**** ROTATE **** **** ROTATE **** **** ROTATE **** **** ROTATE ****

Find this Story

Print, a form you can hold

Wireless download to your Amazon Kindle

Look for a summary or analysis of this Story.

Enjoy this? Share it!

A Peevish Day, And Its Consequences
by [?]

“IT is too bad, Rachael, to put me to all this trouble; and you know I can hardly hold up my head!”

Thus spoke Mrs. Smith, in a peevish voice, to a quiet-looking domestic, who had been called up from the kitchen to supply some unimportant omission in the breakfast-table arrangement.

Rachael looked hurt and rebuked, but made no reply.

“How could you speak in that way to Rachael?” said Mr. Smith, as soon as the domestic had withdrawn.

“If you felt just as I do, Mr. Smith, you would speak cross too!” Mrs. Smith replied a little warmly. “I feel just like a rag; and my head aches as if it would burst.”

“I know you feel badly, and I am very sorry for you. But still, I suppose it is as easy to speak kindly as harshly. Rachael is very obliging and attentive, and should be borne with in occasional omissions, which you of course know are not wilful.”

“It is easy enough to preach,” retorted Mrs. Smith, whose temper, from bodily lassitude and pain, was in quite an irritable state. The reader will understand at least one of the reasons of this, when he is told that the scene here presented occurred during the last oppressive week in August.

Mr. Smith said no more. He saw that to do so would only be to provoke instead of quieting his wife’s ill-humour. The morning meal went by in silence, but little food passing the lips of either. How could it, when the thermometer was ninety-four at eight o’clock in the morning, and the leaves upon the trees were as motionless as if suspended in a vacuum? Bodies and minds were relaxed–and the one turned from food, as the other did from thought, with an instinctive aversion.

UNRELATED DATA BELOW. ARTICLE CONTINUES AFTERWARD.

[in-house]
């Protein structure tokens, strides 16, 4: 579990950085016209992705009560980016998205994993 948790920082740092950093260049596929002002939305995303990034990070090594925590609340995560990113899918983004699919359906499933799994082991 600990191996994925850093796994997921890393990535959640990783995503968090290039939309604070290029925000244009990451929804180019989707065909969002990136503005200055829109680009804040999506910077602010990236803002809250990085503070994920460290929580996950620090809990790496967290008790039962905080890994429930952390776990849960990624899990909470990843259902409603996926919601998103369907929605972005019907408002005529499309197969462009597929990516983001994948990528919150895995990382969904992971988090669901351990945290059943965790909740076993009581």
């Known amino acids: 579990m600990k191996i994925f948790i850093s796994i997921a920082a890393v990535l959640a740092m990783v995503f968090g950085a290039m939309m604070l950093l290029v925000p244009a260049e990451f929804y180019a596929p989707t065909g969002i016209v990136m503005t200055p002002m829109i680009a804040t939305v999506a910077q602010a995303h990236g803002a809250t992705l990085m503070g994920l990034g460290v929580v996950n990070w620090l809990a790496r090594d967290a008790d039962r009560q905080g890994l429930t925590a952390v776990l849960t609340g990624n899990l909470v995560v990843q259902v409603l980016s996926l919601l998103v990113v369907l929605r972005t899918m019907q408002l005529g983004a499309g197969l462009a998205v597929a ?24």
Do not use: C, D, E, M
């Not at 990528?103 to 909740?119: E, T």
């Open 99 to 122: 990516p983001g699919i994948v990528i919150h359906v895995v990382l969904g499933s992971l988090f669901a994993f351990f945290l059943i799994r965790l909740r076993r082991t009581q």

After Mr. Smith had left his home for his place of business, Mrs. Smith went up into her chamber, and threw herself upon the bed, her head still continuing to ache with great violence. It so happened that a week before, the chambermaid had gone away, sick, and all the duties of the household had in consequence devolved upon Rachael, herself not very well. Cheerfully, however, had she endeavoured to discharge these accumulated duties, and but for the unhappy, peevish state of mind in which Mrs. Smith indulged, would have discharged them without a murmuring thought. But, as she was a faithful, conscientious woman, and, withal, sensitive in her feelings, to be found fault with worried her exceedingly. Of this Mrs. Smith was well aware, and had, until the latter part of the trying month of August, acted toward Rachael with consideration and forbearance. But the last week of August was too much for her. The sickness of the chambermaid threw such heavy duties upon Rachael, whose daily headaches and nervous relaxation of body were borne without a complaint, that their perfect performance was almost impossible. Slight omissions, which were next to unavoidable under the circumstances, became so annoying to Mrs. Smith, herself, as it has been seen, labouring under great bodily and mental prostration, that she could not bear them.

“She knows better, and she could do better, if she chose,” was her rather uncharitable comment often inwardly made on the occurrence of some new trouble.

After Mr. Smith had taken his departure on the morning just referred to, Mrs. Smith went up into her chamber, as has been seen, and threw herself languidly upon a bed, pressing her hands to her throbbing temples, as she did so, and murmuring,

“I can’t live at this rate!”

At the same time, Rachael set down in the kitchen the large waiter upon which she had arranged the dishes from the breakfast-table, and then sinking into a chair, pressed one hand upon her forehead, and sat for more than a minute in troubled silence. It had been three days since she had received from Mrs. Smith a pleasant word; and the last remark, made to her a short time before, had been the unkindest of all. At another time, even all this would not have moved her–she could have perceived that Mrs. S. was not in a right state–that lassitude of body had produced a temporary infirmity of mind. But, being herself affected by the oppressive season almost as much as her mistress, she could not make these allowances. While still seated, the chamber-bell was rung with a quick, startling jerk.